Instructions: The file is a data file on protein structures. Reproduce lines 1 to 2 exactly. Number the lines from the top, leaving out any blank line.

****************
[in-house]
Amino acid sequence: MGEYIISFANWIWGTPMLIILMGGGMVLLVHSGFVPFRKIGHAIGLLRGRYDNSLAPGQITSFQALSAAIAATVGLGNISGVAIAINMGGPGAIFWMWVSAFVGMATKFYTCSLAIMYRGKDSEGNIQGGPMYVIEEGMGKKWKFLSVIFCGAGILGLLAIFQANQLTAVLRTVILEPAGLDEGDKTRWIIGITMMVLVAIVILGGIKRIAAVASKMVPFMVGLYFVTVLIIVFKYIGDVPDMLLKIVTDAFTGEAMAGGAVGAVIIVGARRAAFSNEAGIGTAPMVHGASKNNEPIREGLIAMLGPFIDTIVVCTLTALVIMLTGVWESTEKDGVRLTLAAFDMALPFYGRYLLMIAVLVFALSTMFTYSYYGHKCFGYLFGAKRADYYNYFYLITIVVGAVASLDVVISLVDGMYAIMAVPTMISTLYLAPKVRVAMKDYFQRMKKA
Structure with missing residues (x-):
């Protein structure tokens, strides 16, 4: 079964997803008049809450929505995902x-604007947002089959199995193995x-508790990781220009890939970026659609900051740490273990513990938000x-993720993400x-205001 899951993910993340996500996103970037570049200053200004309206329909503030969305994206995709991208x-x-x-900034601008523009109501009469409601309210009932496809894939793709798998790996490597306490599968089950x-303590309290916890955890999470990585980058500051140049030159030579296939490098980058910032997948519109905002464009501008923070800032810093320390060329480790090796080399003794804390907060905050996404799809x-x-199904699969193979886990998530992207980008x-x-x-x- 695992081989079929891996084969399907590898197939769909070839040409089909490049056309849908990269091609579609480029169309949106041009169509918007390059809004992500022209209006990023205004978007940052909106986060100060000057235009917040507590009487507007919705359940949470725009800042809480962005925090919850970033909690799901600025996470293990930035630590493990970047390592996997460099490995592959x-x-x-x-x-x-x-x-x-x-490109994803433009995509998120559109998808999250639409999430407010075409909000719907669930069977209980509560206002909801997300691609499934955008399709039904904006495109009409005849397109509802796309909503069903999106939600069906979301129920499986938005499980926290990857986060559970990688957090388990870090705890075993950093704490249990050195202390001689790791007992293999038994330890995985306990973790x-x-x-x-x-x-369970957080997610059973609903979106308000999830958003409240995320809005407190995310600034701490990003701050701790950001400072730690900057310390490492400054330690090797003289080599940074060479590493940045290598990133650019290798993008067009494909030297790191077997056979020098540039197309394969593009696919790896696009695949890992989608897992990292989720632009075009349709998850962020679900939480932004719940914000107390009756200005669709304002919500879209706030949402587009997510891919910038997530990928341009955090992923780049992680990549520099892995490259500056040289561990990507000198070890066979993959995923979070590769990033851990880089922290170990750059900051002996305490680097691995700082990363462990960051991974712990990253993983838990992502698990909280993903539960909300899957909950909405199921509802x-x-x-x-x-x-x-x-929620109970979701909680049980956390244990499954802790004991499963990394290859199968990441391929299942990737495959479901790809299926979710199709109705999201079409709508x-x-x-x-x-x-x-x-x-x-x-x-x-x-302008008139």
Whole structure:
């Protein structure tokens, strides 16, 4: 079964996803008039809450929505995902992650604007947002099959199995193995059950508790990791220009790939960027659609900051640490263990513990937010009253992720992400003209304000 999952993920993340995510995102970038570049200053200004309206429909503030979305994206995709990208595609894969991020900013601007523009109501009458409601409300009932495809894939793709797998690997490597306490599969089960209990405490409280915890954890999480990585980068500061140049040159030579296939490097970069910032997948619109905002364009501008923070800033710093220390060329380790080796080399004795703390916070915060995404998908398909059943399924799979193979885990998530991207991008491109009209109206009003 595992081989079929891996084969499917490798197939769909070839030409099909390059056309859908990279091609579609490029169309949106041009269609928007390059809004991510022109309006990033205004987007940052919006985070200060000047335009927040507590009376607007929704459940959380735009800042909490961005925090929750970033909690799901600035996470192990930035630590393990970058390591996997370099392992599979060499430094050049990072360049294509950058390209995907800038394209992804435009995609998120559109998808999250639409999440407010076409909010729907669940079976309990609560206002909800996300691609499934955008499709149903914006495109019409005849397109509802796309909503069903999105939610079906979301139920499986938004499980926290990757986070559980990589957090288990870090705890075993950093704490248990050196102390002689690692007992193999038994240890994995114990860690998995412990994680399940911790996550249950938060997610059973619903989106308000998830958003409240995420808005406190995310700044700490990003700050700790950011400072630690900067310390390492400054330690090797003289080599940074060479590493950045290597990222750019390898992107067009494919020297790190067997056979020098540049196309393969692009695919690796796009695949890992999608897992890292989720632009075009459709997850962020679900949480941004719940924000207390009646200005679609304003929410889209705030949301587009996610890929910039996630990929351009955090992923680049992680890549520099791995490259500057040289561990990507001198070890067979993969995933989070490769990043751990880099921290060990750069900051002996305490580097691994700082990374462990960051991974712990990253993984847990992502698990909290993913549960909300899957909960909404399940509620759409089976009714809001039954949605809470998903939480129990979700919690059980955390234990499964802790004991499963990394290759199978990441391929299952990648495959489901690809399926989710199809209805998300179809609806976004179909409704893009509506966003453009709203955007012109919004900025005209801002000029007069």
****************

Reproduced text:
[in-house]
Amino acid sequence: MGEYIISFANWIWGTPMLIILMGGGMVLLVHSGFVPFRKIGHAIGLLRGRYDNSLAPGQITSFQALSAAIAATVGLGNISGVAIAINMGGPGAIFWMWVSAFVGMATKFYTCSLAIMYRGKDSEGNIQGGPMYVIEEGMGKKWKFLSVIFCGAGILGLLAIFQANQLTAVLRTVILEPAGLDEGDKTRWIIGITMMVLVAIVILGGIKRIAAVASKMVPFMVGLYFVTVLIIVFKYIGDVPDMLLKIVTDAFTGEAMAGGAVGAVIIVGARRAAFSNEAGIGTAPMVHGASKNNEPIREGLIAMLGPFIDTIVVCTLTALVIMLTGVWESTEKDGVRLTLAAFDMALPFYGRYLLMIAVLVFALSTMFTYSYYGHKCFGYLFGAKRADYYNYFYLITIVVGAVASLDVVISLVDGMYAIMAVPTMISTLYLAPKVRVAMKDYFQRMKKA